This chapter expands discussion of non-verbal communications beyond information transfer to image creation when people use their exterior, sound signals, and touch to establish connection that allows obtain benefits from other people’s reaction to this image either in form of bigger tip, or election vote, or purchase of goods and services. The great experiment related to it had demonstrated that people are able to identify with about 60% probability the winner of election by look at his/her picture without any knowledge about candidate.
7 Sorting People and Things: Why we categorize things and stereotype people … what Lincoln, Gandhi, and Che Guevara had in common
This is a great look at human ability to extracting meaning from multitude of signals by categorizing people, materials, and events by using stereotypes, classifications, and prejudices. All this is a great help at the initial encounters, but is consistently loosing its value with accumulation of more information about specific object or person under consideration.
8 In-Groups and Out-Groups: The dynamics of us and them … the science behind Lord of the Flies
This chapter is about human natural inclination to form groups and immediately allocate positive characteristics to in-group and negative to out-group members. Whether they are randomly selected boys with practically identical background divided into two teams or sophisticated adult members of some profession, the result is always similar: “us against them” and readiness to do anything bar nothing to promote in-group and suppress out-group.
9 Feelings: The nature of emotions … why the prospect of falling hundreds of feet onto large boulders has the same effect as t flirtatious smile and a black silk nightgown
This chapter starts with discussion of a case of multiple personality when the person had completely different emotional profiles for each of personalities. The discussion goes into the link between physical arousal and emotion demonstrating via experiment that such link is quite strong even if people do not understand the reason. In short, emotions are often driven by unrecognizable conditions of the body with conscious analysis following far behind and mainly used for justification of action, rather than its cause.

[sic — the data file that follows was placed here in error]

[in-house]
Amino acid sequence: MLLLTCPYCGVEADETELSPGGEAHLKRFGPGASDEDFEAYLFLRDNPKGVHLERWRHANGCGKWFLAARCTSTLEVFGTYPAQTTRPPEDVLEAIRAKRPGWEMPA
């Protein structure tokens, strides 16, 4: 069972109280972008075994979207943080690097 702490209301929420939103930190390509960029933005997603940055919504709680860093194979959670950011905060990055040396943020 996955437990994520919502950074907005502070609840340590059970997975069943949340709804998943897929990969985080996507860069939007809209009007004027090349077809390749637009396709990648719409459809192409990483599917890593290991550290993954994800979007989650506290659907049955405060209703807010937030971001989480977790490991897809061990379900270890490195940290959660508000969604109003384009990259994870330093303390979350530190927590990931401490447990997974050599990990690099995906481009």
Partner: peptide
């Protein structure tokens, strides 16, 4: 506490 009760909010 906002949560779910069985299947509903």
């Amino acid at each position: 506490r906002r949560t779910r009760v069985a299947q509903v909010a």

10 Self: How our ego defends its honor … why schedules are overly optimistic and failed CEOs feel they deserve golden parachutes
This is about building a positive self-image from whatever material one has at hands. Obviously it is done with great application of self-justification, self-pity, adjusting of facts to narratives and other similar staff. Author refers to idea that we have two approaches to the truth: one is scientific based on fact and experiment and another lawyerly based on assumption of the truth and careful selection of facts to support this assumption. Our brain normally uses lawyerly approach as default. Author also provides dual view pictures when person can see one or another vision and expands it to the whole lot of live situation stating that our perception of the fact is highly dependent on predisposition for or against this fact.
MY TAKE ON IT:
This book is one of many based on technological breakthrough of fMRI and such, that allowed seeing what parts of brain are activated in different experimental situations created specifically to test various abilities of the brain. After all this information it is hard or even impossible to deny that our own conscious self is just a thin layer of self-awareness on the top of huge self-unawareness. As far as I am concern, it is not just something that is nice to know, but it is also a great explanatory tool useful not only for understanding of what happened in my live for previous decades, but also for planning and acting in the future. In short, from the point of view of information system, the self is a way more complicated contraption than it looks and, therefore, the simple command and control system would not work effectively even at the level of one individual.